An unusual day, part 2 (or "My lease is up! Now what?")

Part 2 of my unusual day, ending with a very different direction and a lot of ideas to stretch my shrinking budget.
Written by Christopher Dawson, Contributor

Here's where my day went from unusual to really informative (check out Part 1 of this story if you haven't already). For the three years of the lease at the high school (the first time the district had made a serious investment in technology outside of a new school), I've been really happy that a pretty considerable line item for technology has been sitting in the books. Of course, if it got cut, then Hewlett Packard would come and take their stuff away, but it's still been real progress in a school that had limped along with badly outdated technology for too many years. My plan had always been to return the equipment at the end of the lease (the end of this school year) and refresh. I wasn't sure if I'd use thin clients again, rolling labs, some sort of hybrid model, or do something completely different, but the goal was to maintain that line item and make it stretch as far as possible with another lease.

Then my HP rep came along today as we were discussing virtualization options for the new lease and quoted me a really low price to just buy out the lease and keep everything. Most of it's in good shape, but the price was so low that it was worth dealing with recycling or repairing some damaged goods. I won't quote the price since there's contractual mumbo jumbo involved, but suffice to say that it's just too low to pass up.

The problem, however, is that it becomes very hard to justify starting a new lease when we have pretty functional machines already in place. I could tell myself that we'll just take a year's break and start a new lease in FY12 for a full refresh, knowing that state aid in FY11 will be mighty hard to come by. We all know the realities of budgeting in this environment, though. It becomes all too easy to go back to limping along when budgets are tight. And yet I need to be fiscally responsible and do my part to keep the district financially solvent, too.

Interestingly, my unexpected meeting with the teachers today gave me some real food for thought as I ponder this dilemma. What if we leave many of these systems in place, take a responsible but moderate budget hit, and instead focus on some really useful classroom technologies? The teachers in my session today, regardless of their technological backgrounds, universally wanted regular access to SMART boards. Most of them have seen just how compelling and engaging they can be in class; computer labs are great, but interactive whiteboards can be integrated into classroom activities every single day.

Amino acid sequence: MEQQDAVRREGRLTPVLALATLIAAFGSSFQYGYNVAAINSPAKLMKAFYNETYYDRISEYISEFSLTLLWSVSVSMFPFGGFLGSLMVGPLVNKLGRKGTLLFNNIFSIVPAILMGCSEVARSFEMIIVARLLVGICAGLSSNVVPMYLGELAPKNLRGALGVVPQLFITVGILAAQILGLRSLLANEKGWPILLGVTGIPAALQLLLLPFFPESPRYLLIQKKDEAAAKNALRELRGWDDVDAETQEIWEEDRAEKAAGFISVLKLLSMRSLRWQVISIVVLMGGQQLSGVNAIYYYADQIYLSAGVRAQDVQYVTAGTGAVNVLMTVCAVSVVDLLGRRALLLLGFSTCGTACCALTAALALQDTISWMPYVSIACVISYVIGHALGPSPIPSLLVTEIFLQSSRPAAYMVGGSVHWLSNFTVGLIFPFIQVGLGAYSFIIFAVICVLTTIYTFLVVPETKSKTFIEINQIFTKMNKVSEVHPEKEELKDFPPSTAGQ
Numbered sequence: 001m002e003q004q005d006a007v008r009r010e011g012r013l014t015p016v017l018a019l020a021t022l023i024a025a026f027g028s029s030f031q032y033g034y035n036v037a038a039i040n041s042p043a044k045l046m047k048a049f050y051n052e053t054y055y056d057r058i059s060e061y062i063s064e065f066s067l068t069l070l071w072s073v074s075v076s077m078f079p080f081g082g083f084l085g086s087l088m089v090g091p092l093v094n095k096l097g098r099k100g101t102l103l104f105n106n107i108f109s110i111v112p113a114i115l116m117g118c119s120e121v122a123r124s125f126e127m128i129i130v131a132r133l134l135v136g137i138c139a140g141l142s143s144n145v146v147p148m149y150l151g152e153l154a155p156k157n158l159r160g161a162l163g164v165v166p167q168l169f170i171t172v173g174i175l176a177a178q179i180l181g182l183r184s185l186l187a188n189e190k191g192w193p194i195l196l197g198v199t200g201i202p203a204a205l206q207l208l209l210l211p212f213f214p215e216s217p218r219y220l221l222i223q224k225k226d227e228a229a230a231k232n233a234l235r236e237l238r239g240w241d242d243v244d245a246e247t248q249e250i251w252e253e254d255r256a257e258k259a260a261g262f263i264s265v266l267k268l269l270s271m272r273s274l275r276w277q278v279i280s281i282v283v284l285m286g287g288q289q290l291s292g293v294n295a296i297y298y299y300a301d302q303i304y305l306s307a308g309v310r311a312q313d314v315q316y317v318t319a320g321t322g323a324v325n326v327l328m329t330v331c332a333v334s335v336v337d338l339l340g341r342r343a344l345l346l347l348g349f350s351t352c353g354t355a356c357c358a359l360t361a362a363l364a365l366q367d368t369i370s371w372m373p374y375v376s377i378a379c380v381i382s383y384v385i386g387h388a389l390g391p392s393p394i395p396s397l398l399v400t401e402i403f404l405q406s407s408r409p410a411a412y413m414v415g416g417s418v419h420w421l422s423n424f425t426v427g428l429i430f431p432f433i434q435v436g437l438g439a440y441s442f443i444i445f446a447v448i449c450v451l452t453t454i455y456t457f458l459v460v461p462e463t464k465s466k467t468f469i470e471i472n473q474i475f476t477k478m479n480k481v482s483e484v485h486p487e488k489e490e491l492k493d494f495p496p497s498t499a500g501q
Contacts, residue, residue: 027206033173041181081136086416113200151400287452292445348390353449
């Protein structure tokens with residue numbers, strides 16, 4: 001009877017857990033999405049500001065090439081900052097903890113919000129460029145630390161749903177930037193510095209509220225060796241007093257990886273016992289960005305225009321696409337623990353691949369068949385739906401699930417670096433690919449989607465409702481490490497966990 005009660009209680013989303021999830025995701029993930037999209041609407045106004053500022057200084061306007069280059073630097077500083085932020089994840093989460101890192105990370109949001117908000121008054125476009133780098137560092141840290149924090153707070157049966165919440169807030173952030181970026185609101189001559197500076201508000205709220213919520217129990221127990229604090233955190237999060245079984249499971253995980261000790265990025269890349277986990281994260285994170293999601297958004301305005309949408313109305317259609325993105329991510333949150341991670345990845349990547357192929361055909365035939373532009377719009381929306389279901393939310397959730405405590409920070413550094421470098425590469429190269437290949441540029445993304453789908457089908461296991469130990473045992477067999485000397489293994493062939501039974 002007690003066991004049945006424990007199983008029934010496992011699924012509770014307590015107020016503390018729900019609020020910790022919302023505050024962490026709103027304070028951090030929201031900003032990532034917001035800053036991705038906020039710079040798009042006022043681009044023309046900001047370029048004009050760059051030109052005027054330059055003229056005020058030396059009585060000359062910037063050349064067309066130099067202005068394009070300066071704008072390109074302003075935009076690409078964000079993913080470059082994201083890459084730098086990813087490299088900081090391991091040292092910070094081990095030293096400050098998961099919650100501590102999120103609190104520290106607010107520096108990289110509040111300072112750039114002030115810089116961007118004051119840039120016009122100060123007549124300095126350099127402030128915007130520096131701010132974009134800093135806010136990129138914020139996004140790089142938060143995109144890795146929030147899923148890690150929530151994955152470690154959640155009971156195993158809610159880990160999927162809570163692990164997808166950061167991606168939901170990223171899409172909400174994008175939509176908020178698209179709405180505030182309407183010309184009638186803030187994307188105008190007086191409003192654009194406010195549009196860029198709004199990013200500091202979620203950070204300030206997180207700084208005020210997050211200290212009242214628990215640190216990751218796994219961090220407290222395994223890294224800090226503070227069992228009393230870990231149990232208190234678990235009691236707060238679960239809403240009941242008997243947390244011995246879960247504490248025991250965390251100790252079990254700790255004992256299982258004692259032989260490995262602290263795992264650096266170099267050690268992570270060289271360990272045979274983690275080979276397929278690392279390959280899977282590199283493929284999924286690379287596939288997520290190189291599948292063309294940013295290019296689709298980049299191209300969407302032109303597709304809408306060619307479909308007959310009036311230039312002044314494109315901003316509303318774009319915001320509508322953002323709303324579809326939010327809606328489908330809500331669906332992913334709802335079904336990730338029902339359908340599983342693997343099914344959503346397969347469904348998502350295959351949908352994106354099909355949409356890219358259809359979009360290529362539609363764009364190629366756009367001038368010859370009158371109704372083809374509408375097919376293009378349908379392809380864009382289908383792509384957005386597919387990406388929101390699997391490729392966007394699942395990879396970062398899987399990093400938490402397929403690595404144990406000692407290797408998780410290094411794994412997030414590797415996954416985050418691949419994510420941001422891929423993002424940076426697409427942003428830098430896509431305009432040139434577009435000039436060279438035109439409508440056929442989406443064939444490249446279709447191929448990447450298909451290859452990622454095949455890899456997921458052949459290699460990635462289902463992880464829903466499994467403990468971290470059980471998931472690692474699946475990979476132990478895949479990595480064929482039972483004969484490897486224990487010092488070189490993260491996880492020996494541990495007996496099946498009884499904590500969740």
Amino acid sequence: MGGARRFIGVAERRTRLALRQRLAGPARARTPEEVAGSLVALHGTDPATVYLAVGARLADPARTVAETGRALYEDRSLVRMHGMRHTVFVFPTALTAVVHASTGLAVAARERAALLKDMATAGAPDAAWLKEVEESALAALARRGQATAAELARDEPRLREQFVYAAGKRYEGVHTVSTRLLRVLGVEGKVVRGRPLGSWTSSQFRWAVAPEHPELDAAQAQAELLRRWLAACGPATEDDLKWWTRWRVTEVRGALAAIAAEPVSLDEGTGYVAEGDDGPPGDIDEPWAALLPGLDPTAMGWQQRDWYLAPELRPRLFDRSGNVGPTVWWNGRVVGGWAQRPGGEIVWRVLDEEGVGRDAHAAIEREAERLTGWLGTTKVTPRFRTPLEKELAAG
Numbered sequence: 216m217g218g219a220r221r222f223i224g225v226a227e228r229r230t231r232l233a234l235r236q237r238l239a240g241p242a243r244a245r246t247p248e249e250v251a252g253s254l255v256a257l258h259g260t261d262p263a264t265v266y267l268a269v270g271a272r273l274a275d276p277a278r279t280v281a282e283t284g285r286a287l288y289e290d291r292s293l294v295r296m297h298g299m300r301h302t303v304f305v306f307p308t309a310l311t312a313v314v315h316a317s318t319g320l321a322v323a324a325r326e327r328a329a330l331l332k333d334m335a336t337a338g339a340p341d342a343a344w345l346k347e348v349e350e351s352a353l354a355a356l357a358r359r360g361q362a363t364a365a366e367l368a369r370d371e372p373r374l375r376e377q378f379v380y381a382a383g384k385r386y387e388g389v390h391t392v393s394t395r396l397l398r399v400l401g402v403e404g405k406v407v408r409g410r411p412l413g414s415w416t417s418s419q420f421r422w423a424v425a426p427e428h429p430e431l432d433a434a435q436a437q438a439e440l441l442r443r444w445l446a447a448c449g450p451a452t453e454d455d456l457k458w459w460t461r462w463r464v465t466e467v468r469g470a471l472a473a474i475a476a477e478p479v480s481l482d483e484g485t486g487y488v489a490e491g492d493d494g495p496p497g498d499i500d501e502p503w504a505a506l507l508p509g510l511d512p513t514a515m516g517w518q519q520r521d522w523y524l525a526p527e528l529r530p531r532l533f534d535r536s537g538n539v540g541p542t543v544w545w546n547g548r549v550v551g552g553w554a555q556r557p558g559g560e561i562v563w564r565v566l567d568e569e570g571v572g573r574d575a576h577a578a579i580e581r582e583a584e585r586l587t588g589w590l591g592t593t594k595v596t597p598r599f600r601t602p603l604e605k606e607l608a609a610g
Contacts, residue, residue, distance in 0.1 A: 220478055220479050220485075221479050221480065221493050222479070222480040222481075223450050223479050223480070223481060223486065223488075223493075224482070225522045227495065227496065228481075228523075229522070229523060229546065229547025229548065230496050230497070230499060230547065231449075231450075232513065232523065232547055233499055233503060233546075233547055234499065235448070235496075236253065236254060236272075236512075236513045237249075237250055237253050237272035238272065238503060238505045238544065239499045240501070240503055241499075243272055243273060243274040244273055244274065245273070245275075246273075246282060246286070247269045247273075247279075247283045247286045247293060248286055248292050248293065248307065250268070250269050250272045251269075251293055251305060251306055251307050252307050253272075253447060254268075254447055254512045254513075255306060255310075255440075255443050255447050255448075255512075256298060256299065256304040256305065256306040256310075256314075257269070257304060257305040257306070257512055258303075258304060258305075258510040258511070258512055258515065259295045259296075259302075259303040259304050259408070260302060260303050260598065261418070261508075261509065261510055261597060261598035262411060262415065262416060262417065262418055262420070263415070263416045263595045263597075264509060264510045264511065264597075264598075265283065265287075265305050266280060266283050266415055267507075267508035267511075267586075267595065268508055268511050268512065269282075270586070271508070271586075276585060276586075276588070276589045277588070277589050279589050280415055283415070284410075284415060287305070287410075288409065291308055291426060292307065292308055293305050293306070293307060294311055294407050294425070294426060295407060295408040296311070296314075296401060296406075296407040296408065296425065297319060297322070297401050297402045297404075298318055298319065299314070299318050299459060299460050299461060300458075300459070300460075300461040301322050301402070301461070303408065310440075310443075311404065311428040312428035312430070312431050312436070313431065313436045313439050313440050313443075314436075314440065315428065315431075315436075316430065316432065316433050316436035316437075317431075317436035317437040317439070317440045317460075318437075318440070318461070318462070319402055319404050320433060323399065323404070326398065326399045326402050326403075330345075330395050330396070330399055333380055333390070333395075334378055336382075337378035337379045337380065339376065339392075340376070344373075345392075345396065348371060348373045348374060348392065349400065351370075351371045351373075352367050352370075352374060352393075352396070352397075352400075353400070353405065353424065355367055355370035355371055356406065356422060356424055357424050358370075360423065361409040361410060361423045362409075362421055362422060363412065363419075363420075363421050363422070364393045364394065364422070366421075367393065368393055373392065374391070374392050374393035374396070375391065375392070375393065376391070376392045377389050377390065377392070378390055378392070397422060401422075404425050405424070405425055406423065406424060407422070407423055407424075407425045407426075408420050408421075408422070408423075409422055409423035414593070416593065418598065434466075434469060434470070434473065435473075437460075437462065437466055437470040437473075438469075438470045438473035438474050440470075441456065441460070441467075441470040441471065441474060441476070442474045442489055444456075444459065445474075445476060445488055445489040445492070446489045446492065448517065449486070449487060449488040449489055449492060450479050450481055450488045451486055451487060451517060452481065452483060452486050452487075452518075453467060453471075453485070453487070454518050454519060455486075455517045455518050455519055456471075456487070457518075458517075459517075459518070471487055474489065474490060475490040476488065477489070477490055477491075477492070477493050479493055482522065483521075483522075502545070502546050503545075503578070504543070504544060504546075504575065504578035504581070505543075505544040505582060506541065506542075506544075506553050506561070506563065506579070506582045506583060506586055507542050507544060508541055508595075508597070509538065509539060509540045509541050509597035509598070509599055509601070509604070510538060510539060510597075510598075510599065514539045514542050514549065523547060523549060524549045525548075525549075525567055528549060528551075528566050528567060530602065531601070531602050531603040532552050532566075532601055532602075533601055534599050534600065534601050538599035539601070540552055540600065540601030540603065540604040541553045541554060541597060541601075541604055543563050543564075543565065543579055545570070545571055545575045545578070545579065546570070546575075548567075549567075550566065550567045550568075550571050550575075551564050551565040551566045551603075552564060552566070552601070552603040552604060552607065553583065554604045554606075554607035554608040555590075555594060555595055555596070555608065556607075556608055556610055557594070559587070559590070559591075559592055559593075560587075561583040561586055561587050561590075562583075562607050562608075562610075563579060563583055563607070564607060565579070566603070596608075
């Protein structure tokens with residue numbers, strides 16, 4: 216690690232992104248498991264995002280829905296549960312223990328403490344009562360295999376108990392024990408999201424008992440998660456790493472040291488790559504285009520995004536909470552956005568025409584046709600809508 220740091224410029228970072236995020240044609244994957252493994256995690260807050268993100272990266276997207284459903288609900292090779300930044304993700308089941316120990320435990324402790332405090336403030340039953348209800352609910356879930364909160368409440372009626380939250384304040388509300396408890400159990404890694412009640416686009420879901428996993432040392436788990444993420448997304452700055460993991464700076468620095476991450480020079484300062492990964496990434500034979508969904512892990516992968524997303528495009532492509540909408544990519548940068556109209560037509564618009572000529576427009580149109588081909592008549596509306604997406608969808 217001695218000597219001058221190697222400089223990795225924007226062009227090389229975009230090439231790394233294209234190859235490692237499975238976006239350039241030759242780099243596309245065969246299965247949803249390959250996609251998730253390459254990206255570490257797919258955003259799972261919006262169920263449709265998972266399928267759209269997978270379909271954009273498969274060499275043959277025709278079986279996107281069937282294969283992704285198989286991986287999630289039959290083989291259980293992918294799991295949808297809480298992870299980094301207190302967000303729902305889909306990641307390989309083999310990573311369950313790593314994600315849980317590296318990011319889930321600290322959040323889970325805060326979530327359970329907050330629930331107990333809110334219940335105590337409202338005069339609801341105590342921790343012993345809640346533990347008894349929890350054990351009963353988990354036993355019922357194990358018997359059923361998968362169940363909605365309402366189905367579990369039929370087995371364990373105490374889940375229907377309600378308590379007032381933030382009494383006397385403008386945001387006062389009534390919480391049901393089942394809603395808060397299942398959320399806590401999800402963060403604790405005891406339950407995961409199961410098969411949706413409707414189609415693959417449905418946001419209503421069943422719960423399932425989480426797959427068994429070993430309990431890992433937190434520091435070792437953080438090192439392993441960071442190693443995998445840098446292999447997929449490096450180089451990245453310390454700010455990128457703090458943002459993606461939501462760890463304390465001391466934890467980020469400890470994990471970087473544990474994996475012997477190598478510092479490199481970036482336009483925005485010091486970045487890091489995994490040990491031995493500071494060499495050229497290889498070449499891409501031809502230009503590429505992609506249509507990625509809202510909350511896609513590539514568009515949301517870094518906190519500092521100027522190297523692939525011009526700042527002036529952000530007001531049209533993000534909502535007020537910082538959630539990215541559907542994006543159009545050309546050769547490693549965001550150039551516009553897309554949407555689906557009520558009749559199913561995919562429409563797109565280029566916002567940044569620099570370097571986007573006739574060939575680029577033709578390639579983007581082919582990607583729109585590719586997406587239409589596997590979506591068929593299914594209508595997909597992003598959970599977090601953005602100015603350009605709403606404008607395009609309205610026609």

Interactive response systems were also high on their lists of priorities. We collect lots of data on kids and have NCLB-style assessments down cold. However, actually managing the sort of everyday formative assessments that make it easier for teachers to modify and differentiate instruction is another matter. Simple "clickers" and the training to use them in class give teachers a powerful tool.

They would like to see a Moodle implementation (or something like it). While there are ways to do this very cost-effectively, it still takes money, time, and training. However, I was thrilled that the teachers were so eager to embrace tools like Moodle to drive better interactions with students and improve workflows and communication in class. It's also a good use of those off-lease servers if we still decide to at least refresh our terminal servers.

Ubiquitous LCD projectors or large-screen monitors were top requests, as was access to systems like Turnitin.

Go figure...a couple hours spent talking to teachers can do more to help define requirements than any number of calls with engineers or brainstorming sessions with the district techies. We'll see how this plays out, but I'd like to see 2010-2011 be a year of expanding classroom tech for our district, even in the face of shrinking overall budgets as the effects of the recession continue to trickle down to states and local governments.

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